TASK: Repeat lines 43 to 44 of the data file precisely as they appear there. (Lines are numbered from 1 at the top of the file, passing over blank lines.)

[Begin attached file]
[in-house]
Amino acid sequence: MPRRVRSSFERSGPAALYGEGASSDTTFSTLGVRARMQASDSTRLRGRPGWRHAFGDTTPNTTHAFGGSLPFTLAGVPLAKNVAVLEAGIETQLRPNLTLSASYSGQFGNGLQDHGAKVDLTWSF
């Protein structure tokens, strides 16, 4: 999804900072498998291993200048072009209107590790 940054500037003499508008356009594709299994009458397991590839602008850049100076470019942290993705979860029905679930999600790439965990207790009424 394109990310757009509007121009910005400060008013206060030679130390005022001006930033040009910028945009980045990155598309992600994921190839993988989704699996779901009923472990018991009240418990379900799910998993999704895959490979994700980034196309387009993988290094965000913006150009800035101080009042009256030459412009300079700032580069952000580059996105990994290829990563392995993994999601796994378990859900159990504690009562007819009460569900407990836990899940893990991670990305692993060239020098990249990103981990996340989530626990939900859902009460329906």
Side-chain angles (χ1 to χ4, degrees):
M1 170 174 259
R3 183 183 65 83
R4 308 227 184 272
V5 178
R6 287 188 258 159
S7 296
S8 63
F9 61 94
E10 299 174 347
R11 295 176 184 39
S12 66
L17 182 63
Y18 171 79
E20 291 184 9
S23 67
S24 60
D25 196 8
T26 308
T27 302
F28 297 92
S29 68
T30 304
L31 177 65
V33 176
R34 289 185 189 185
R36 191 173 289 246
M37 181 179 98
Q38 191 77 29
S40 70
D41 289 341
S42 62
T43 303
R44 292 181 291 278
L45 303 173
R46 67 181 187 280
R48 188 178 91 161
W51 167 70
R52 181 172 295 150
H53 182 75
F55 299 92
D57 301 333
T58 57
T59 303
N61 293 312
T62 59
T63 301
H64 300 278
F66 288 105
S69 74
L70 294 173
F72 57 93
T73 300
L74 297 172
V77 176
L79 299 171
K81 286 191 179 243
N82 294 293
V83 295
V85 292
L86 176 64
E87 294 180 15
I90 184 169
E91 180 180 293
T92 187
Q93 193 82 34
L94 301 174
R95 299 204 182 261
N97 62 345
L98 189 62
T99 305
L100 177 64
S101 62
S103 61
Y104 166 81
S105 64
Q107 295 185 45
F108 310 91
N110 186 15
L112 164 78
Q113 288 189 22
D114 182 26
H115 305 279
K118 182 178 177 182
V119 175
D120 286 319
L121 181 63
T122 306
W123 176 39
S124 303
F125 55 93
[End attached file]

H53 182 75
F55 299 92